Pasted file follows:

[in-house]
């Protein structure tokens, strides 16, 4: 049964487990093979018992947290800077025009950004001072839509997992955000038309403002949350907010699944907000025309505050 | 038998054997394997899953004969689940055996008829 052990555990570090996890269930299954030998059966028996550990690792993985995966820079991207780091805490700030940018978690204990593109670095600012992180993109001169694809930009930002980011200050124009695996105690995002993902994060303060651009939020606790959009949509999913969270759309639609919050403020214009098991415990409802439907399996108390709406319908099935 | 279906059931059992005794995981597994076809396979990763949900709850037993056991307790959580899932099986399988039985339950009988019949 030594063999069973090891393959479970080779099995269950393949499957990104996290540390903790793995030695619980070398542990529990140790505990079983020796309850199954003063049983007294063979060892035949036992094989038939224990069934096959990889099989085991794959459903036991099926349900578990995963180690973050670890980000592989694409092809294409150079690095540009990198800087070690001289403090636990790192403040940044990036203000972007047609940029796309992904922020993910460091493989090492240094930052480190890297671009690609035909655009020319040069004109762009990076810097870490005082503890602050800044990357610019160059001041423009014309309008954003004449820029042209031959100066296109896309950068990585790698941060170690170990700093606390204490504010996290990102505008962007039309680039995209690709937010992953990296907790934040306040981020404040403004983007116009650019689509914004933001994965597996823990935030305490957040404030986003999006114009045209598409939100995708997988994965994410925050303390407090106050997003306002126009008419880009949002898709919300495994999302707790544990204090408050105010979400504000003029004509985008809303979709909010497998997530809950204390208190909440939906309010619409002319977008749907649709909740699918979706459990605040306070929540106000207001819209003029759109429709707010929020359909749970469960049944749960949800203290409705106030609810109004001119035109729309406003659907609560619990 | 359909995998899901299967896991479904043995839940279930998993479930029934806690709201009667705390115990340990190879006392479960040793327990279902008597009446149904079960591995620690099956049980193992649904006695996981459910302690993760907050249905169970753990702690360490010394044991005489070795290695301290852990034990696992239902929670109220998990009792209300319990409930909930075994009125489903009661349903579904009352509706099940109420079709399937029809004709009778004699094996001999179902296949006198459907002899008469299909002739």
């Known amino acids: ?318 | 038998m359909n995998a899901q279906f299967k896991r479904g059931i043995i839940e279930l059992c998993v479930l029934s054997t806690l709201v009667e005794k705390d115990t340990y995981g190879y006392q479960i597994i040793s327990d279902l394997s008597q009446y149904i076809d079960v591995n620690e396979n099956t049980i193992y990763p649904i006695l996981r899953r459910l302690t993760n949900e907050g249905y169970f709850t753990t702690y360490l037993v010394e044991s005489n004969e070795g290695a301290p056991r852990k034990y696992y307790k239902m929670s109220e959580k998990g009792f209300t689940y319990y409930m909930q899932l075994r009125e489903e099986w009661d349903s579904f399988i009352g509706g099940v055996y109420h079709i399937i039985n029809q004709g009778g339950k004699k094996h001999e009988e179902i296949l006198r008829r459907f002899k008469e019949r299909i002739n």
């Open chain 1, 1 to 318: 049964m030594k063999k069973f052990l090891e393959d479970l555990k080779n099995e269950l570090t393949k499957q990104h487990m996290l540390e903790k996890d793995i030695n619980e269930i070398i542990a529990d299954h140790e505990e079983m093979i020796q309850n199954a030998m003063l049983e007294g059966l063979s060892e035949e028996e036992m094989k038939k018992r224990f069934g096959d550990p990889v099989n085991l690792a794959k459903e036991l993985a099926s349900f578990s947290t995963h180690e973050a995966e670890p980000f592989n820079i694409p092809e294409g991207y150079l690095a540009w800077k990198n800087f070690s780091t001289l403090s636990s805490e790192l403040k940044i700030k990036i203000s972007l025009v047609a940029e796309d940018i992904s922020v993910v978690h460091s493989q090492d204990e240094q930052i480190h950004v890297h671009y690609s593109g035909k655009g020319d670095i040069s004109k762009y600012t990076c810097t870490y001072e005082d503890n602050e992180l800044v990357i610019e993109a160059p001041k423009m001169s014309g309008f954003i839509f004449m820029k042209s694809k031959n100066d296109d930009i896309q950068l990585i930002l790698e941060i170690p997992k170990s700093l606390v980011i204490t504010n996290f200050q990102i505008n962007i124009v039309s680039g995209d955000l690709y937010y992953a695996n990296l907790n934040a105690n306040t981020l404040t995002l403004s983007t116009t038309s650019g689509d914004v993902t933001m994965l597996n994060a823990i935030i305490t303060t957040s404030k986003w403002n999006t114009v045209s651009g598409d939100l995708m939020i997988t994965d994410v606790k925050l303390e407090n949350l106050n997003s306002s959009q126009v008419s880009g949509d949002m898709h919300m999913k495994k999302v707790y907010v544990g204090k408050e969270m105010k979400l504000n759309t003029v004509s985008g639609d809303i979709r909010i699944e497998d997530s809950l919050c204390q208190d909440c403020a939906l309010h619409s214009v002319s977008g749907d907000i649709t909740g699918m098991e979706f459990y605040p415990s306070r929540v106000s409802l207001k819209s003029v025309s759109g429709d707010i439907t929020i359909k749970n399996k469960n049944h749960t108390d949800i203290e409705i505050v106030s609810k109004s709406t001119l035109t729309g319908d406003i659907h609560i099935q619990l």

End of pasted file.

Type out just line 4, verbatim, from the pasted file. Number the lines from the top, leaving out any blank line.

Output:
């Open chain 1, 1 to 318: 049964m030594k063999k069973f052990l090891e393959d479970l555990k080779n099995e269950l570090t393949k499957q990104h487990m996290l540390e903790k996890d793995i030695n619980e269930i070398i542990a529990d299954h140790e505990e079983m093979i020796q309850n199954a030998m003063l049983e007294g059966l063979s060892e035949e028996e036992m094989k038939k018992r224990f069934g096959d550990p990889v099989n085991l690792a794959k459903e036991l993985a099926s349900f578990s947290t995963h180690e973050a995966e670890p980000f592989n820079i694409p092809e294409g991207y150079l690095a540009w800077k990198n800087f070690s780091t001289l403090s636990s805490e790192l403040k940044i700030k990036i203000s972007l025009v047609a940029e796309d940018i992904s922020v993910v978690h460091s493989q090492d204990e240094q930052i480190h950004v890297h671009y690609s593109g035909k655009g020319d670095i040069s004109k762009y600012t990076c810097t870490y001072e005082d503890n602050e992180l800044v990357i610019e993109a160059p001041k423009m001169s014309g309008f954003i839509f004449m820029k042209s694809k031959n100066d296109d930009i896309q950068l990585i930002l790698e941060i170690p997992k170990s700093l606390v980011i204490t504010n996290f200050q990102i505008n962007i124009v039309s680039g995209d955000l690709y937010y992953a695996n990296l907790n934040a105690n306040t981020l404040t995002l403004s983007t116009t038309s650019g689509d914004v993902t933001m994965l597996n994060a823990i935030i305490t303060t957040s404030k986003w403002n999006t114009v045209s651009g598409d939100l995708m939020i997988t994965d994410v606790k925050l303390e407090n949350l106050n997003s306002s959009q126009v008419s880009g949509d949002m898709h919300m999913k495994k999302v707790y907010v544990g204090k408050e969270m105010k979400l504000n759309t003029v004509s985008g639609d809303i979709r909010i699944e497998d997530s809950l919050c204390q208190d909440c403020a939906l309010h619409s214009v002319s977008g749907d907000i649709t909740g699918m098991e979706f459990y605040p415990s306070r929540v106000s409802l207001k819209s003029v025309s759109g429709d707010i439907t929020i359909k749970n399996k469960n049944h749960t108390d949800i203290e409705i505050v106030s609810k109004s709406t001119l035109t729309g319908d406003i659907h609560i099935q619990l």